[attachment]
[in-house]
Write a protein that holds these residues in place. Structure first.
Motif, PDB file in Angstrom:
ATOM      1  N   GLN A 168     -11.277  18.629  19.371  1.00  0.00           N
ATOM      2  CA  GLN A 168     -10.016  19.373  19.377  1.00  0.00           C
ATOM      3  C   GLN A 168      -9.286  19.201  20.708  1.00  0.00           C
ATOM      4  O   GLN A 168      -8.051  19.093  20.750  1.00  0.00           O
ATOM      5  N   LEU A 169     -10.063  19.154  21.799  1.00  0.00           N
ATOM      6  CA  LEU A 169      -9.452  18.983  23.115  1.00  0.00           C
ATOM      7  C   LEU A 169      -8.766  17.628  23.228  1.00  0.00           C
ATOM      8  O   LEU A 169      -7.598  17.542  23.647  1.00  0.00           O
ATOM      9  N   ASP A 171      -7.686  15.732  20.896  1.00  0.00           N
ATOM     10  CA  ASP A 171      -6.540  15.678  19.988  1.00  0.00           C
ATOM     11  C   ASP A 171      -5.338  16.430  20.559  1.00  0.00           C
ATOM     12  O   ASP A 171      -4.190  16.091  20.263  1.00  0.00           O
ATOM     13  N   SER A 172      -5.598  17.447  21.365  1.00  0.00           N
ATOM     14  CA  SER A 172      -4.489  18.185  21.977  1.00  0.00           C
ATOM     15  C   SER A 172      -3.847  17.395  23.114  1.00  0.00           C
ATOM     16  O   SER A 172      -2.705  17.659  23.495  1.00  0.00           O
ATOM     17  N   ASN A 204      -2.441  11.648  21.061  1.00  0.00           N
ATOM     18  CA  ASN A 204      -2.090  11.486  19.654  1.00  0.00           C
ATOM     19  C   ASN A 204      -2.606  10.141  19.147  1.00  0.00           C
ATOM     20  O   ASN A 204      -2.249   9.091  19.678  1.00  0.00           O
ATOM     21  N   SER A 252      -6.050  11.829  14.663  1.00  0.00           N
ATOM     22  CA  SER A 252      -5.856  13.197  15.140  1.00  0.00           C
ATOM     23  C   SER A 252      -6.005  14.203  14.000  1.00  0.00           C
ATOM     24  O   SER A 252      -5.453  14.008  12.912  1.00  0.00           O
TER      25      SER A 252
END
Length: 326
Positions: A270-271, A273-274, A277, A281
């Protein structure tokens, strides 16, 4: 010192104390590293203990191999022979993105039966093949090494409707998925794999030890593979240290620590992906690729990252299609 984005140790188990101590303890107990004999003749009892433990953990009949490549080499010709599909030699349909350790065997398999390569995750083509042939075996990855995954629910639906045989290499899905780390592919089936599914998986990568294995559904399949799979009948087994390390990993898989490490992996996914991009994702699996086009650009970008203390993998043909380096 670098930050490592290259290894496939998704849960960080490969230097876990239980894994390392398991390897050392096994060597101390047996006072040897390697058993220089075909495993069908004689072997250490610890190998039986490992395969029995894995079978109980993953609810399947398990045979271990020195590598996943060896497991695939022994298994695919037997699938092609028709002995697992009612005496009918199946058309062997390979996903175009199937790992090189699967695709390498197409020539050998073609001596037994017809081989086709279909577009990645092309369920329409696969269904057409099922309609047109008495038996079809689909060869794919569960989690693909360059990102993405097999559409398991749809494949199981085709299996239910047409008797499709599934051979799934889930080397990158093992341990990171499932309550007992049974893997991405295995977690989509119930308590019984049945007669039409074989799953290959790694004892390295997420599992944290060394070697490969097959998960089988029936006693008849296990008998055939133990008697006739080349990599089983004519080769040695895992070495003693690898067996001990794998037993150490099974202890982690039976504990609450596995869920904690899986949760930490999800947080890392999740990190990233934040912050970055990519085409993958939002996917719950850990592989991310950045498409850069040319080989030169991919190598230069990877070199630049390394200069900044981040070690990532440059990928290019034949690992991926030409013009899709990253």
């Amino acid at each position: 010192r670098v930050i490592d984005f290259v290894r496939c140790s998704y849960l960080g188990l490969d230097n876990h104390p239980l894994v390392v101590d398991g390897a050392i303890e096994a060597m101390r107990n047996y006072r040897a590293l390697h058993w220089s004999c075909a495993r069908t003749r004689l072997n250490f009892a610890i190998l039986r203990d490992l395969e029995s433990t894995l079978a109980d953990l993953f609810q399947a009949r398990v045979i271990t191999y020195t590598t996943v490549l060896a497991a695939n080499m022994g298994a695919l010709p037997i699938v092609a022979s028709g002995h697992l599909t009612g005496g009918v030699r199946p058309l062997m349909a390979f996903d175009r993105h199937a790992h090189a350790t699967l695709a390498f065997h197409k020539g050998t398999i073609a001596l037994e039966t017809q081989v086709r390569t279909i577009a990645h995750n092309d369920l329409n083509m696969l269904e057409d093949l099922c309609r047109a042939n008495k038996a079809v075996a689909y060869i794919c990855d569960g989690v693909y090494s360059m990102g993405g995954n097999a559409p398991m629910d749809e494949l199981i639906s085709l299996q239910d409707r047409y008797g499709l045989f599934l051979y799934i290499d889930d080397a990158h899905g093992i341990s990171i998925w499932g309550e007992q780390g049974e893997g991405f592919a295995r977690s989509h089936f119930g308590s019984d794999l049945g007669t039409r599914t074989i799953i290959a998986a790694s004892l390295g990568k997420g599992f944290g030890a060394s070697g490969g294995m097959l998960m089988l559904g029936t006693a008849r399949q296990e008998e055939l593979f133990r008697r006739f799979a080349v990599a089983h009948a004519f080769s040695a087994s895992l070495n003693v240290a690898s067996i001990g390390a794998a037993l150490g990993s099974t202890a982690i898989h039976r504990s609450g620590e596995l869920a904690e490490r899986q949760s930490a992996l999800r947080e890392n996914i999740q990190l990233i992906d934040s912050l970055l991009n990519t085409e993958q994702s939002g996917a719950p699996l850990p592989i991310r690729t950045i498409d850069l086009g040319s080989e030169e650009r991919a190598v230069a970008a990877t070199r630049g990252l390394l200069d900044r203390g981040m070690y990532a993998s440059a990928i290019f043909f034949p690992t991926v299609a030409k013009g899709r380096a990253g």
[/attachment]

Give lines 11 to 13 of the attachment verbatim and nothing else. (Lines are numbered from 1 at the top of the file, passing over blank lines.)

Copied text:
ATOM      8  O   LEU A 169      -7.598  17.542  23.647  1.00  0.00           O
ATOM      9  N   ASP A 171      -7.686  15.732  20.896  1.00  0.00           N
ATOM     10  CA  ASP A 171      -6.540  15.678  19.988  1.00  0.00           C